Thursday, May 4, 2017

Choose Happy

I'm taking today's title from words printed on fabric.  It's not even grammatically correct, as my English-major daughter would point out.  It should probably say, "Choose happiness", or Choose to be happy."  But the grammar doesn't really matter (don't tell my daughter I said that!).  It's the sentiment that counts.  I used the choose happy fabric as sashing in this quilt.
The pattern for the quilt came from this magazine, American Patchwork & Quilting, June 2017 issue.  I don't know if you've noticed, but they are including a quilt pattern specifically meant for charity/donation quilts in each issue so far this year. 
The column is called Sew Giving, and is hidden in the back of the magazine, after the stapled-in pattern sheets.  The pattern I used is called Positive Effect, and was designed by Amanda Niederhauser (jedicraftgirl.com).
Here's the original quilt from the article. 
As soon as I saw this pattern, I decided I had to make it.  (Does this ever happen to you?)  No matter what else I had going on in the sewing room, this was gonna get pieced.

I liked this quilt because:
1.  I could use 5 in. squares, which I had been cutting from some of my scraps, and 3.5 in strips, which seem to be multiplying in their shoebox.
2.  The blocks were big (12 in. finished), so I wouldn't need very many to make a good sized quilt.
3.  It was easy as pie.  Or actually easier.

Some of my favorite blocks are:
Cats!!!  Cat is my baby grandson's favorite word.  He says it all day long.  ALL DAY LONG.
My grandmother used to recite a poem about a purple cow.  This reminds me of that poem, even though the background of the center square, and not the cow, is purple.
"I've never seen a purple cow,
I never hope to see one.
But this I can say anyhow,
I'd rather see than be one."
I looked it up (thank you, Wikipedia!).  The author was Gelett Burgess, and it was published in 1895.  I changed it slightly to the version my Gran taught us.
Here's a glimpse of two blocks.  The one in the foreground is so insane I had to lie down after making it.

I sewed these blocks up during my grandson's naptimes, and it didn't take long to get 20 of them. 

The directions were good, and I liked the pattern, but I always have to change at least a few things.
Here's what I changed:
1.  I used bright colored prints and novelty fabrics to make the blocks.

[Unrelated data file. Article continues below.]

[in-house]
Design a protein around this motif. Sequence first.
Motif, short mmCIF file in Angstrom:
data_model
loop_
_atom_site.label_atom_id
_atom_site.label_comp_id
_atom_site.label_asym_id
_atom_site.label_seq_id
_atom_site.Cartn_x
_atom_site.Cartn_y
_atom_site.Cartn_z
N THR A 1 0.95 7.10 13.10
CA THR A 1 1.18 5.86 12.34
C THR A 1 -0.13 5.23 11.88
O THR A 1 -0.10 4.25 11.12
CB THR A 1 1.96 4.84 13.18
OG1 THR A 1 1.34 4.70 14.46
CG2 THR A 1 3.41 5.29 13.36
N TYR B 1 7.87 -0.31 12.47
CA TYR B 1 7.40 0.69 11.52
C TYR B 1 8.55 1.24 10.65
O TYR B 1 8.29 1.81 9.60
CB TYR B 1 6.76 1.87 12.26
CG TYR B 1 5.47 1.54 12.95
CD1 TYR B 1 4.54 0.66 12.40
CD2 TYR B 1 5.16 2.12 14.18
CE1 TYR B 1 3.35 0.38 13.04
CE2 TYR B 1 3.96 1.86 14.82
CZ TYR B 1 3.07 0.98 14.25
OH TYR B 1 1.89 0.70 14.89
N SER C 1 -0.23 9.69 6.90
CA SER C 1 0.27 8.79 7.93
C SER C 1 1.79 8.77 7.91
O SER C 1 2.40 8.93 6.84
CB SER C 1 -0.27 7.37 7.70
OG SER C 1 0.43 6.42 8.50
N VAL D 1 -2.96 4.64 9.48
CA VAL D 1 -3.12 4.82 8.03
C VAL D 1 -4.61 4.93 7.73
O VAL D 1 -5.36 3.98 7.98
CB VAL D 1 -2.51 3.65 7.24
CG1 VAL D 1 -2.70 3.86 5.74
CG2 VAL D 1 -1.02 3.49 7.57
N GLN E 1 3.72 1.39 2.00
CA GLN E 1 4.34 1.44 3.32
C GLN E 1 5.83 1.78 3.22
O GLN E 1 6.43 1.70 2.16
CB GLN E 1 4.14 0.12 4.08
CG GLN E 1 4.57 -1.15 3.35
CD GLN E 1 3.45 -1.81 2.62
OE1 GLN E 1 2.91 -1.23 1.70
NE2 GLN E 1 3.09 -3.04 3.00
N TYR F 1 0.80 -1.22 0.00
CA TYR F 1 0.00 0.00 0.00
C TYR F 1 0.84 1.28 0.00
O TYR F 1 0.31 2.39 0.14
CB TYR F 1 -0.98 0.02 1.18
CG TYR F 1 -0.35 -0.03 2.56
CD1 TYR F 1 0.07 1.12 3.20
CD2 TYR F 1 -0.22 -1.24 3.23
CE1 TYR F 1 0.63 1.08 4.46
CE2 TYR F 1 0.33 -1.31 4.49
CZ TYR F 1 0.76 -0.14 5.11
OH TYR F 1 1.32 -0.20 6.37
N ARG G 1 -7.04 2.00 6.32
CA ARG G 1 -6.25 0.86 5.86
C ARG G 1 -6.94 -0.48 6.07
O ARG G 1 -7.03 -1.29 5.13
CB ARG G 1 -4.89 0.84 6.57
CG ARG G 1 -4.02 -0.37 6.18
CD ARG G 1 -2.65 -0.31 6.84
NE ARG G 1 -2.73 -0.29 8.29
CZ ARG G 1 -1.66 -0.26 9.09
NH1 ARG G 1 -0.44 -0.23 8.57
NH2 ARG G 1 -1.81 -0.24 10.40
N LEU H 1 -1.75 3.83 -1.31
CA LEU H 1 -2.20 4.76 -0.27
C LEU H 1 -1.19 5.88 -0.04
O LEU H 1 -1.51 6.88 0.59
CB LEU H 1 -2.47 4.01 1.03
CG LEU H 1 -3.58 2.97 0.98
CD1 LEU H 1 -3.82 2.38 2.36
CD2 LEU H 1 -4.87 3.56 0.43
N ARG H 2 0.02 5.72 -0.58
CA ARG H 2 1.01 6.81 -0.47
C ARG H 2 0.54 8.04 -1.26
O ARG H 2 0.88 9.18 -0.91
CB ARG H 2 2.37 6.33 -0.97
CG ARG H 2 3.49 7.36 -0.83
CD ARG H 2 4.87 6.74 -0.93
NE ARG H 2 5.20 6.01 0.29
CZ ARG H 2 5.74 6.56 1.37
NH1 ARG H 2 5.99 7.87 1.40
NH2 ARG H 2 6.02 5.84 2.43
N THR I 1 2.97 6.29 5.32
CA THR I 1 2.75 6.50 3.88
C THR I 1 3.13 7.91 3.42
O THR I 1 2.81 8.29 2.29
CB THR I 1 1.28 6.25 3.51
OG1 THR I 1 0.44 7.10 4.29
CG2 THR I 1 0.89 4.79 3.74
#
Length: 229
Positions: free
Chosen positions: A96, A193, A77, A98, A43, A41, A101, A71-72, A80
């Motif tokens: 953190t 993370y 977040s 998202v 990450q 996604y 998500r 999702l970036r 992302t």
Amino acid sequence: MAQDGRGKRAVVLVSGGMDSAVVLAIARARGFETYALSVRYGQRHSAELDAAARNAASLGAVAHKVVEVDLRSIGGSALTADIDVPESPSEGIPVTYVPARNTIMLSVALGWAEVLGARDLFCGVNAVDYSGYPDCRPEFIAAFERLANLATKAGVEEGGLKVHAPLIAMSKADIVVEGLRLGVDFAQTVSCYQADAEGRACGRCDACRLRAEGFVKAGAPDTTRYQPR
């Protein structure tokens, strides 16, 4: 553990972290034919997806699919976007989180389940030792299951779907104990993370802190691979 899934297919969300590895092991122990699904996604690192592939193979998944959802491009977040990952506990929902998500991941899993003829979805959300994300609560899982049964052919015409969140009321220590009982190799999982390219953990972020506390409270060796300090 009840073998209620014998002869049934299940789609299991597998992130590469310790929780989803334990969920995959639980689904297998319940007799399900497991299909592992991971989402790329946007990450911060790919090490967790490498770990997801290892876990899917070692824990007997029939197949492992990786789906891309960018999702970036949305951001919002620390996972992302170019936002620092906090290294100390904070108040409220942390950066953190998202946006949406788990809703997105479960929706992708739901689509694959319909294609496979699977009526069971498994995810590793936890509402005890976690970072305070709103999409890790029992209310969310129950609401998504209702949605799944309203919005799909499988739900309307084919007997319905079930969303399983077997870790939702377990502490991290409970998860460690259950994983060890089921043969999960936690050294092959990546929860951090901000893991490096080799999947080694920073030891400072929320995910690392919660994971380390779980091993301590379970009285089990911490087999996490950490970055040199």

2.  The original used the sashing fabric in the center of each block.  I used the centers to add another print.
3.  I added cornerstones in the sashing to give the top a punch of color.  Doing so used up some 2.5 in. squares from my "collection".  (Don't worry, I have LOTS more.)
4.  I added a 4 in. finished border on the outside.
I took this photo while auditioning border fabrics.  This wild Southwest fabric won!
So here's the top, all done and ready to go to our volunteer long-arm quilters.  With the added border, it measures roughly 66 in. x 80 in., and fits nicely on a twin bed.

So thanks to APQ for including patterns for those of us who sew for donation.  As far as I can tell from a short search of their web site (allpeoplequilt.com) these patterns are only available in the physical magazine.  If I'm wrong about that, let me know.

This week, I'm going to do all my usual things, like laundry and grocery shopping and babysitting and cleaning, and, of course, quilting.  And I'm going to choose happy in all the things I do.
I'm doing this because attitude really is everything, and being open to happiness really does encourage joy.  And not just because some fabric told me to.
I hope you can choose happy this week too.
Cheers,
Sylvia











3 comments:

  1. Thanks for sharing I have oodles of novelty scraps and great to see another option to using them up for charity. I will start stalking the arrival of this magazine in Australia at the newsagent!

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  2. I'm making something similar in animal prints...trying to use them up. I have to put it away after an hour or so or I get queasy. Too much pattern and busyness for me.
    We had a children's store near here called the purple cow. I assumed it came from the owners--now I know. Thanks for including the poem. I'd have had to look it up otherwise. :-)

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